November 25, 2014
Hot Topics:

Building Modular Stylesheet Components

  • October 7, 2002
  • By Jeff Ryan
  • Send Email »
  • More Articles »

Introduction

If you are learning XSL (eXtensible Stylesheet Language), you'll want to understand how to build modular and reusable components as you would in any other language. The XSL include and import elements provide an excellent capability in this regard.

In this article, we will develop a reusable page template to demonstrate how to build modular stylesheet components. The following outline is a roadmap for how we'll cover this topic:

  • First, we'll design a page layout structure for a typical Web site.
  • Then, we'll design the stylesheet structure of modular components to support the page layout.
  • We'll build the header and footer components to demonstrate building named templates.
  • We'll build the page template component and demonstrate including stylesheets and calling named and parameterized templates.
  • We'll build a typical page using our page template component, and demonstrate inheriting and overriding variables and templates from imported stylesheets.
  • Finally, we'll summarize what we've learned.

Page Layout Structure

First, let's define the structure of our reusable page template.

As is common to many sites, our pages will all have a standard header and footer. In addition, we'll define the "frame" in which the header, body, and footer will appear.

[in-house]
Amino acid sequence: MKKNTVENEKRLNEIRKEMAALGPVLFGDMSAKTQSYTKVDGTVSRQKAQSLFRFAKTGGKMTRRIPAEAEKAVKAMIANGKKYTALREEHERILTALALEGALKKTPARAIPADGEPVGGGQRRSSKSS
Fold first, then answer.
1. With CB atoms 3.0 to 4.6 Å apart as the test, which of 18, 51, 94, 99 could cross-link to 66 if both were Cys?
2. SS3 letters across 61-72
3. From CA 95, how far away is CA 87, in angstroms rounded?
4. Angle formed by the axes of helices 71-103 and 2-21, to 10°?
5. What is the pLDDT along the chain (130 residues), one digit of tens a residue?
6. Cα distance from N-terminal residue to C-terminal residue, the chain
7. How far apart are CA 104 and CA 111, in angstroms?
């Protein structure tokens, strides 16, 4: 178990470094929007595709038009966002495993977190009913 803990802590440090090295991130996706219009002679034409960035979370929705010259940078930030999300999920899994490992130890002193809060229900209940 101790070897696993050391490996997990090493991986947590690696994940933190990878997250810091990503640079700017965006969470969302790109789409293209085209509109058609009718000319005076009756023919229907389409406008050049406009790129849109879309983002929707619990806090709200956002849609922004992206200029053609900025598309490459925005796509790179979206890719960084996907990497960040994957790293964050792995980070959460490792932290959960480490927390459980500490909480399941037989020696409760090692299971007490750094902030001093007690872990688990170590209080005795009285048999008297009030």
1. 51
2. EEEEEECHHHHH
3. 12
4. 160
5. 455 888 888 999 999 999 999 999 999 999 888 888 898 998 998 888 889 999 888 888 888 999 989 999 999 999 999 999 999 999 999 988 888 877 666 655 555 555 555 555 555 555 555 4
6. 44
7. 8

Stylesheet Structure

Now, let's look at how we'll construct reusable stylesheet components to implement this design.

The boxes with a dotted line represent the reusable components we will be building:

  • Header.xsl and Footer.xsl contain the common header and footer in our layout.
  • PageTemplate.xsl defines the frame in which the header, body, and footer reside.

Main.xsl is a sample page that uses these components.

Notice that the page template includes the header and footer stylesheets. The <xsl:include/> element will be used to implement this in our example. It provides the capability to include the specified stylesheet at compile time.

Notice that the main stylesheet imports the page template stylesheet. The <xsl:import/> element will be used to implement this in our example. This element works very much like inheritance does in an object-oriented language. As a matter of fact, we'll even override one of the templates in our main stylesheet.

Sample XML Document

Before we go any further, let's define a simple source document that we'll use for our transformation.


<?xml version="1.0" encoding="UTF-8"?>
<?xml-stylesheet href="Main.xsl" type="text/xsl"?>
<ScreenDefinition>
  <Title>Building Modular Stylesheets</Title>
</ScreenDefinition>

As you can see, we're not going to transform much data via <xsl:apply-templates/> in this example. We'll use the Title element in the header section of our page. This will also be used in our example to show how variables in XSL can be overridden.

Header and Footer